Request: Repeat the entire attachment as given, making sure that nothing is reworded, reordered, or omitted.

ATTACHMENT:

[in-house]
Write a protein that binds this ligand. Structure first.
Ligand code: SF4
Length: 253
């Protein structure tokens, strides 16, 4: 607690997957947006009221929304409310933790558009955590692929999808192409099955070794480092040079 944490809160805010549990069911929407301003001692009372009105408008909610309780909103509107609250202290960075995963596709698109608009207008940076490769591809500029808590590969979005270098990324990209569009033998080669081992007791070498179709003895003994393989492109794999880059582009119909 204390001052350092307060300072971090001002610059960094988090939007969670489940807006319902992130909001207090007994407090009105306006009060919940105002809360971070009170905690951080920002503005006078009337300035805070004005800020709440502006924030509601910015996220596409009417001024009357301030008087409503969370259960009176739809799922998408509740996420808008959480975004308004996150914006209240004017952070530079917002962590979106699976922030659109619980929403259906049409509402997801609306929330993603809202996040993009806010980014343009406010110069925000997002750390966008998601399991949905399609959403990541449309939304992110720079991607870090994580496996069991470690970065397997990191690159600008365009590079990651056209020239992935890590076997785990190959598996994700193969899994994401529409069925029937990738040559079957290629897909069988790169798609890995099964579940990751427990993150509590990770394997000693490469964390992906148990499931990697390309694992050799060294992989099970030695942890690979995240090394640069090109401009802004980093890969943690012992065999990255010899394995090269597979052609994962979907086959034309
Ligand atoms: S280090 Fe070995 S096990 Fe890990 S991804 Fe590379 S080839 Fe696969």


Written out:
[in-house]
Write a protein that binds this ligand. Structure first.
Ligand code: SF4
Length: 253
């Protein structure tokens, strides 16, 4: 607690997957947006009221929304409310933790558009955590692929999808192409099955070794480092040079 944490809160805010549990069911929407301003001692009372009105408008909610309780909103509107609250202290960075995963596709698109608009207008940076490769591809500029808590590969979005270098990324990209569009033998080669081992007791070498179709003895003994393989492109794999880059582009119909 204390001052350092307060300072971090001002610059960094988090939007969670489940807006319902992130909001207090007994407090009105306006009060919940105002809360971070009170905690951080920002503005006078009337300035805070004005800020709440502006924030509601910015996220596409009417001024009357301030008087409503969370259960009176739809799922998408509740996420808008959480975004308004996150914006209240004017952070530079917002962590979106699976922030659109619980929403259906049409509402997801609306929330993603809202996040993009806010980014343009406010110069925000997002750390966008998601399991949905399609959403990541449309939304992110720079991607870090994580496996069991470690970065397997990191690159600008365009590079990651056209020239992935890590076997785990190959598996994700193969899994994401529409069925029937990738040559079957290629897909069988790169798609890995099964579940990751427990993150509590990770394997000693490469964390992906148990499931990697390309694992050799060294992989099970030695942890690979995240090394640069090109401009802004980093890969943690012992065999990255010899394995090269597979052609994962979907086959034309
Ligand atoms: S280090 Fe070995 S096990 Fe890990 S991804 Fe590379 S080839 Fe696969």